Health care facility preparation for weapons of mass destruction

Prehosp Emerg Care. 2000 Jul-Sep;4(3):261-9. doi: 10.1080/10903120090941308.


Weapons of mass destruction (WMD) are a threat that all health care facilities must be prepared for. Every health care facility is a vital part of the community response system and must be ready to respond. A terrorist attack using WMD can occur in any location, urban or rural. Private vehicles or buses may transport the majority of patients, with only a small percentage arriving by emergency medical services. Most will go to the hospitals closest to the incident, even if this results in overcrowding. Others will go directly to their private physicians' offices or primary hospitals, even if these facilities are not part of the local disaster plan. Most of these victims will not be decontaminated before arrival. If a hospital allows any of these patients in, the staff may become ill from the toxic exposure and the facility may require closure for decontamination. Since the risk is universal, all health care facilities must plan for the care of victims of a WMD incident. They must plan for communications that allow local government to transmit alerts regarding the emergency. Health care facilities must also communicate their status and emergency needs to local officials during the emergency. They must be prepared to establish a single entry control point and attempt to secure all other entrances. They must be able to establish a patient decontamination team from on-duty staff with only a few minutes' notice at any time of the day or night.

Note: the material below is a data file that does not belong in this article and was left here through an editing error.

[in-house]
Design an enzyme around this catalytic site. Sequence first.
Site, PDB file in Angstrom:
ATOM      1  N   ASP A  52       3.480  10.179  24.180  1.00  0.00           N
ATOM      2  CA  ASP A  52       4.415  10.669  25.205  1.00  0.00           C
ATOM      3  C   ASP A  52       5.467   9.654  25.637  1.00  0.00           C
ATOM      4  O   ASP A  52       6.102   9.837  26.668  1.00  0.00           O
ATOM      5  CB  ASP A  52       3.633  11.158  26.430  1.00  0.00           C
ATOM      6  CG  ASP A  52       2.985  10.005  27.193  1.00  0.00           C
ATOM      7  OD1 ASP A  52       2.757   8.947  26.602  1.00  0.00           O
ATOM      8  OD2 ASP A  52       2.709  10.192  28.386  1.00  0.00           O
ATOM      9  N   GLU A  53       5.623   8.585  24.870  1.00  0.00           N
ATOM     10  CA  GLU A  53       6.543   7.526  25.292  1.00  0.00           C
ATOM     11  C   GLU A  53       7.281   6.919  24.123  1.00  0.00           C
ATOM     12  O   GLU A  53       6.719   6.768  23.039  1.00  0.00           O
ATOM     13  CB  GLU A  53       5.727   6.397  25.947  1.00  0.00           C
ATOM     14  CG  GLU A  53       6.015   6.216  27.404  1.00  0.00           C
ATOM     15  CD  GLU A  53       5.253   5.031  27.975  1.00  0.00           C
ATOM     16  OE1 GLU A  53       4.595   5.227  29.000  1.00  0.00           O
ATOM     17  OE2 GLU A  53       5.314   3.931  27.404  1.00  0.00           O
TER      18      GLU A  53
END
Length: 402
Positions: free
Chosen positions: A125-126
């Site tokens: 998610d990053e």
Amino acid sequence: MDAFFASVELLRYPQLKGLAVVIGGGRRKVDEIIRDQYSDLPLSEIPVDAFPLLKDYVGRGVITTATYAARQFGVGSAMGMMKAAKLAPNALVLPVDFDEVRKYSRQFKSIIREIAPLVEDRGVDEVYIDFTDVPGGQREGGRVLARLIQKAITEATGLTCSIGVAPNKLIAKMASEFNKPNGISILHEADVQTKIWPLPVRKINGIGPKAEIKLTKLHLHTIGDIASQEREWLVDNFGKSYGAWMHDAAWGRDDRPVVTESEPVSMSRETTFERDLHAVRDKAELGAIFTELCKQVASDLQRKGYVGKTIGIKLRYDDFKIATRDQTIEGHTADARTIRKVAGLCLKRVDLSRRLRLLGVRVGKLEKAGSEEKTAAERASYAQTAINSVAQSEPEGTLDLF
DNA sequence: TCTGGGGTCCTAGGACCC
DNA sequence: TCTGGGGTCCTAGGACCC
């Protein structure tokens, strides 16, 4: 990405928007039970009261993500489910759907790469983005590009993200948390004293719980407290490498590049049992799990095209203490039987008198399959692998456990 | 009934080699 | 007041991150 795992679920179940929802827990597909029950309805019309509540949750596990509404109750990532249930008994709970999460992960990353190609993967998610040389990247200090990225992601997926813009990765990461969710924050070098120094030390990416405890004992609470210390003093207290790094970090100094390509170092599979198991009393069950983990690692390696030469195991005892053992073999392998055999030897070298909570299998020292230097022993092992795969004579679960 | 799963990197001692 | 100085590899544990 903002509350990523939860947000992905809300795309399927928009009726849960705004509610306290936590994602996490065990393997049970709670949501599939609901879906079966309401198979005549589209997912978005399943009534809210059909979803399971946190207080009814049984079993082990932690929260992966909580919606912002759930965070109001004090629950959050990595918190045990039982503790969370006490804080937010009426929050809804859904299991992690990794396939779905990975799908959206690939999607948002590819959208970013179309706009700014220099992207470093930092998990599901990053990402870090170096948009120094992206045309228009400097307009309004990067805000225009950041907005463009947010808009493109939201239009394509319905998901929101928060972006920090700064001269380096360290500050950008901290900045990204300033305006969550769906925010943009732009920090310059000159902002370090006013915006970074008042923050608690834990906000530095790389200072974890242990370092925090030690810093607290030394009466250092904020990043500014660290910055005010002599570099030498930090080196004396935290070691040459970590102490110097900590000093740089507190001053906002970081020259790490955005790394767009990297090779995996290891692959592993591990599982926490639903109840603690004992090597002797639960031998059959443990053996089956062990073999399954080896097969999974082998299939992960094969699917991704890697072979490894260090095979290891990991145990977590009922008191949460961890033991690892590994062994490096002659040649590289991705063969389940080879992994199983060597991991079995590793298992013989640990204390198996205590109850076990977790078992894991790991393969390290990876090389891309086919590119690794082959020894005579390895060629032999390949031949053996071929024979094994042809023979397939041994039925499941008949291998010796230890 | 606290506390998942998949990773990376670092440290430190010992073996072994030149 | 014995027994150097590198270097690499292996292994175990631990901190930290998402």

Publication types

  • Review

MeSH terms

  • Biological Warfare
  • Chemical Warfare
  • Decontamination* / instrumentation
  • Decontamination* / methods
  • Disaster Planning / methods*
  • Emergency Service, Hospital / organization & administration*
  • Hazardous Substances* / adverse effects
  • Humans
  • Personnel Staffing and Scheduling
  • Telecommunications
  • Terrorism*


  • Hazardous Substances